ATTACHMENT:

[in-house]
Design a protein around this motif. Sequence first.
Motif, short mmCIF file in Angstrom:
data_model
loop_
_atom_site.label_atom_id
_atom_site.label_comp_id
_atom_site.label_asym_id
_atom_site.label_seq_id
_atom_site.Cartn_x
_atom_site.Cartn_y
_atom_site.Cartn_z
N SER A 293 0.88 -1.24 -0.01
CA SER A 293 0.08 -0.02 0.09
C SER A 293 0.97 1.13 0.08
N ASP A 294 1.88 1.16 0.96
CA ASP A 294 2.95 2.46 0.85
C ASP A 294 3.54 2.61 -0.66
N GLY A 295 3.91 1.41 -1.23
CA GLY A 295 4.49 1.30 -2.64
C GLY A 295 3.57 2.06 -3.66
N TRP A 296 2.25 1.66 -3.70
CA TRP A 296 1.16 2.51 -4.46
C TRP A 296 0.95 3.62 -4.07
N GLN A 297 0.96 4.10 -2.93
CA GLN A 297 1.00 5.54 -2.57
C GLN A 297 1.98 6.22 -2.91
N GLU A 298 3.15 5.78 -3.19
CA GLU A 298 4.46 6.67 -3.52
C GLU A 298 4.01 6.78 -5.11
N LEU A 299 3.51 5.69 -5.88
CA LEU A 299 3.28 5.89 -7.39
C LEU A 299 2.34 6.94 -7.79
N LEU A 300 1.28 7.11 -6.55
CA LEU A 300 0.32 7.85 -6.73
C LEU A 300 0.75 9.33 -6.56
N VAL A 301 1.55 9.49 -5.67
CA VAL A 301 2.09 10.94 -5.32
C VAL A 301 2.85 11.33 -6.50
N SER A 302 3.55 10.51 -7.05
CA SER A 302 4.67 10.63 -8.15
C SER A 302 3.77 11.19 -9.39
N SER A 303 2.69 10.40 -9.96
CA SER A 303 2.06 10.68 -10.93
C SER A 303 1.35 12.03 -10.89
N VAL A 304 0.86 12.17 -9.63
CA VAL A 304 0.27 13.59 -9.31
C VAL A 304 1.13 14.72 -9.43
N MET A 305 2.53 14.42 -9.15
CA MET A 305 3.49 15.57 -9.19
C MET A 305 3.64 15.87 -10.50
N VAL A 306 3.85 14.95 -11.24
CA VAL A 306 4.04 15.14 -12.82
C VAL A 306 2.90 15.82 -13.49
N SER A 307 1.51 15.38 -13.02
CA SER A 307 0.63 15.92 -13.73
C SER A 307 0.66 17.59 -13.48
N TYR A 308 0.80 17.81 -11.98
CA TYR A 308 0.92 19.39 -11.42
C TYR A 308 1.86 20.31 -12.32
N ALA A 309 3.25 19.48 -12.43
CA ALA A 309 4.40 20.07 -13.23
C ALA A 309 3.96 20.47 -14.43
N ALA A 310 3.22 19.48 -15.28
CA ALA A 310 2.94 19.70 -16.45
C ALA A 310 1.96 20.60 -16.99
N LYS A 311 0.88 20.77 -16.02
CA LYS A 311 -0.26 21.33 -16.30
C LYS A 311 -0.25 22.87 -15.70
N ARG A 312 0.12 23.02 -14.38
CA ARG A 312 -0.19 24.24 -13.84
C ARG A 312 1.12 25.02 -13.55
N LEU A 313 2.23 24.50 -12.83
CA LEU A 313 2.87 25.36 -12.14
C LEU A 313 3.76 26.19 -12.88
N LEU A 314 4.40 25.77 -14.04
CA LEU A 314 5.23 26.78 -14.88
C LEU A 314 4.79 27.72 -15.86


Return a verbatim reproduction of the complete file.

[in-house]
Design a protein around this motif. Sequence first.
Motif, short mmCIF file in Angstrom:
data_model
loop_
_atom_site.label_atom_id
_atom_site.label_comp_id
_atom_site.label_asym_id
_atom_site.label_seq_id
_atom_site.Cartn_x
_atom_site.Cartn_y
_atom_site.Cartn_z
N SER A 293 0.88 -1.24 -0.01
CA SER A 293 0.08 -0.02 0.09
C SER A 293 0.97 1.13 0.08
N ASP A 294 1.88 1.16 0.96
CA ASP A 294 2.95 2.46 0.85
C ASP A 294 3.54 2.61 -0.66
N GLY A 295 3.91 1.41 -1.23
CA GLY A 295 4.49 1.30 -2.64
C GLY A 295 3.57 2.06 -3.66
N TRP A 296 2.25 1.66 -3.70
CA TRP A 296 1.16 2.51 -4.46
C TRP A 296 0.95 3.62 -4.07
N GLN A 297 0.96 4.10 -2.93
CA GLN A 297 1.00 5.54 -2.57
C GLN A 297 1.98 6.22 -2.91
N GLU A 298 3.15 5.78 -3.19
CA GLU A 298 4.46 6.67 -3.52
C GLU A 298 4.01 6.78 -5.11
N LEU A 299 3.51 5.69 -5.88
CA LEU A 299 3.28 5.89 -7.39
C LEU A 299 2.34 6.94 -7.79
N LEU A 300 1.28 7.11 -6.55
CA LEU A 300 0.32 7.85 -6.73
C LEU A 300 0.75 9.33 -6.56
N VAL A 301 1.55 9.49 -5.67
CA VAL A 301 2.09 10.94 -5.32
C VAL A 301 2.85 11.33 -6.50
N SER A 302 3.55 10.51 -7.05
CA SER A 302 4.67 10.63 -8.15
C SER A 302 3.77 11.19 -9.39
N SER A 303 2.69 10.40 -9.96
CA SER A 303 2.06 10.68 -10.93
C SER A 303 1.35 12.03 -10.89
N VAL A 304 0.86 12.17 -9.63
CA VAL A 304 0.27 13.59 -9.31
C VAL A 304 1.13 14.72 -9.43
N MET A 305 2.53 14.42 -9.15
CA MET A 305 3.49 15.57 -9.19
C MET A 305 3.64 15.87 -10.50
N VAL A 306 3.85 14.95 -11.24
CA VAL A 306 4.04 15.14 -12.82
C VAL A 306 2.90 15.82 -13.49
N SER A 307 1.51 15.38 -13.02
CA SER A 307 0.63 15.92 -13.73
C SER A 307 0.66 17.59 -13.48
N TYR A 308 0.80 17.81 -11.98
CA TYR A 308 0.92 19.39 -11.42
C TYR A 308 1.86 20.31 -12.32
N ALA A 309 3.25 19.48 -12.43
CA ALA A 309 4.40 20.07 -13.23
C ALA A 309 3.96 20.47 -14.43
N ALA A 310 3.22 19.48 -15.28
CA ALA A 310 2.94 19.70 -16.45
C ALA A 310 1.96 20.60 -16.99
N LYS A 311 0.88 20.77 -16.02
CA LYS A 311 -0.26 21.33 -16.30
C LYS A 311 -0.25 22.87 -15.70
N ARG A 312 0.12 23.02 -14.38
CA ARG A 312 -0.19 24.24 -13.84
C ARG A 312 1.12 25.02 -13.55
N LEU A 313 2.23 24.50 -12.83
CA LEU A 313 2.87 25.36 -12.14
C LEU A 313 3.76 26.19 -12.88
N LEU A 314 4.40 25.77 -14.04
CA LEU A 314 5.23 26.78 -14.88
C LEU A 314 4.79 27.72 -15.86